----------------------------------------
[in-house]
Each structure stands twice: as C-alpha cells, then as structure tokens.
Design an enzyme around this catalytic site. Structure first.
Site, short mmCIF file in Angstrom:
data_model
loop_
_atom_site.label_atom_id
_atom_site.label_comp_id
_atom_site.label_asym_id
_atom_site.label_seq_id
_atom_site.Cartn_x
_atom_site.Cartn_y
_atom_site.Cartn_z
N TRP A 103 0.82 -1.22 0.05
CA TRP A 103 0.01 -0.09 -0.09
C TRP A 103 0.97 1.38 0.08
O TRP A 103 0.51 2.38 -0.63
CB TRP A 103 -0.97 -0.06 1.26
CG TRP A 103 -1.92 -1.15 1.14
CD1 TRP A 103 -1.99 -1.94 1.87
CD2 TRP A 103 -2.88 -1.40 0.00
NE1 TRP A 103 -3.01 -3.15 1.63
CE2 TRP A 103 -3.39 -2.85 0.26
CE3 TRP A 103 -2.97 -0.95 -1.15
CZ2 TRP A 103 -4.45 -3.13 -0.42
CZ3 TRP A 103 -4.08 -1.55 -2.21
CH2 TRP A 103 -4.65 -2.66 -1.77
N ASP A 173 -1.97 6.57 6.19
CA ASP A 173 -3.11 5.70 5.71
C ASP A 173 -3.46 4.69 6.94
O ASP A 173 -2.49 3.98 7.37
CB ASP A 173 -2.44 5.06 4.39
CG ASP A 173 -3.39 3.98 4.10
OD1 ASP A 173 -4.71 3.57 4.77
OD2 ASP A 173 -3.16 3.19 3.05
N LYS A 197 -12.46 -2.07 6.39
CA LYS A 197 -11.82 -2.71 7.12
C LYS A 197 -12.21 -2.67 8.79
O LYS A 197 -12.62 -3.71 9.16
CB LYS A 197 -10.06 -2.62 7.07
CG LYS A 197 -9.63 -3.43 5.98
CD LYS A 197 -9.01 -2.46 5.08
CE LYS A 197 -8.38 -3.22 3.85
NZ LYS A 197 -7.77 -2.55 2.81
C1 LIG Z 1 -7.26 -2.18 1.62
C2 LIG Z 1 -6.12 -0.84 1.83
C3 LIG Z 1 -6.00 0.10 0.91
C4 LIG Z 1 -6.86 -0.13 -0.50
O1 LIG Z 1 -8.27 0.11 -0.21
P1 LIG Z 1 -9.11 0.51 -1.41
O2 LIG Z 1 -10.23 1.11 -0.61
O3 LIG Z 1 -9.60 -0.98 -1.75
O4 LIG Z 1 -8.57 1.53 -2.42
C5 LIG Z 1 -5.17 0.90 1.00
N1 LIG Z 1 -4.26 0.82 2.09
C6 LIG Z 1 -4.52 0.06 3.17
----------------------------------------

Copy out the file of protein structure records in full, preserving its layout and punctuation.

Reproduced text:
[in-house]
Each structure stands twice: as C-alpha cells, then as structure tokens.
Design an enzyme around this catalytic site. Structure first.
Site, short mmCIF file in Angstrom:
data_model
loop_
_atom_site.label_atom_id
_atom_site.label_comp_id
_atom_site.label_asym_id
_atom_site.label_seq_id
_atom_site.Cartn_x
_atom_site.Cartn_y
_atom_site.Cartn_z
N TRP A 103 0.82 -1.22 0.05
CA TRP A 103 0.01 -0.09 -0.09
C TRP A 103 0.97 1.38 0.08
O TRP A 103 0.51 2.38 -0.63
CB TRP A 103 -0.97 -0.06 1.26
CG TRP A 103 -1.92 -1.15 1.14
CD1 TRP A 103 -1.99 -1.94 1.87
CD2 TRP A 103 -2.88 -1.40 0.00
NE1 TRP A 103 -3.01 -3.15 1.63
CE2 TRP A 103 -3.39 -2.85 0.26
CE3 TRP A 103 -2.97 -0.95 -1.15
CZ2 TRP A 103 -4.45 -3.13 -0.42
CZ3 TRP A 103 -4.08 -1.55 -2.21
CH2 TRP A 103 -4.65 -2.66 -1.77
N ASP A 173 -1.97 6.57 6.19
CA ASP A 173 -3.11 5.70 5.71
C ASP A 173 -3.46 4.69 6.94
O ASP A 173 -2.49 3.98 7.37
CB ASP A 173 -2.44 5.06 4.39
CG ASP A 173 -3.39 3.98 4.10
OD1 ASP A 173 -4.71 3.57 4.77
OD2 ASP A 173 -3.16 3.19 3.05
N LYS A 197 -12.46 -2.07 6.39
CA LYS A 197 -11.82 -2.71 7.12
C LYS A 197 -12.21 -2.67 8.79
O LYS A 197 -12.62 -3.71 9.16
CB LYS A 197 -10.06 -2.62 7.07
CG LYS A 197 -9.63 -3.43 5.98
CD LYS A 197 -9.01 -2.46 5.08
CE LYS A 197 -8.38 -3.22 3.85
NZ LYS A 197 -7.77 -2.55 2.81
C1 LIG Z 1 -7.26 -2.18 1.62
C2 LIG Z 1 -6.12 -0.84 1.83
C3 LIG Z 1 -6.00 0.10 0.91
C4 LIG Z 1 -6.86 -0.13 -0.50
O1 LIG Z 1 -8.27 0.11 -0.21
P1 LIG Z 1 -9.11 0.51 -1.41
O2 LIG Z 1 -10.23 1.11 -0.61
O3 LIG Z 1 -9.60 -0.98 -1.75
O4 LIG Z 1 -8.57 1.53 -2.42
C5 LIG Z 1 -5.17 0.90 1.00
N1 LIG Z 1 -4.26 0.82 2.09
C6 LIG Z 1 -4.52 0.06 3.17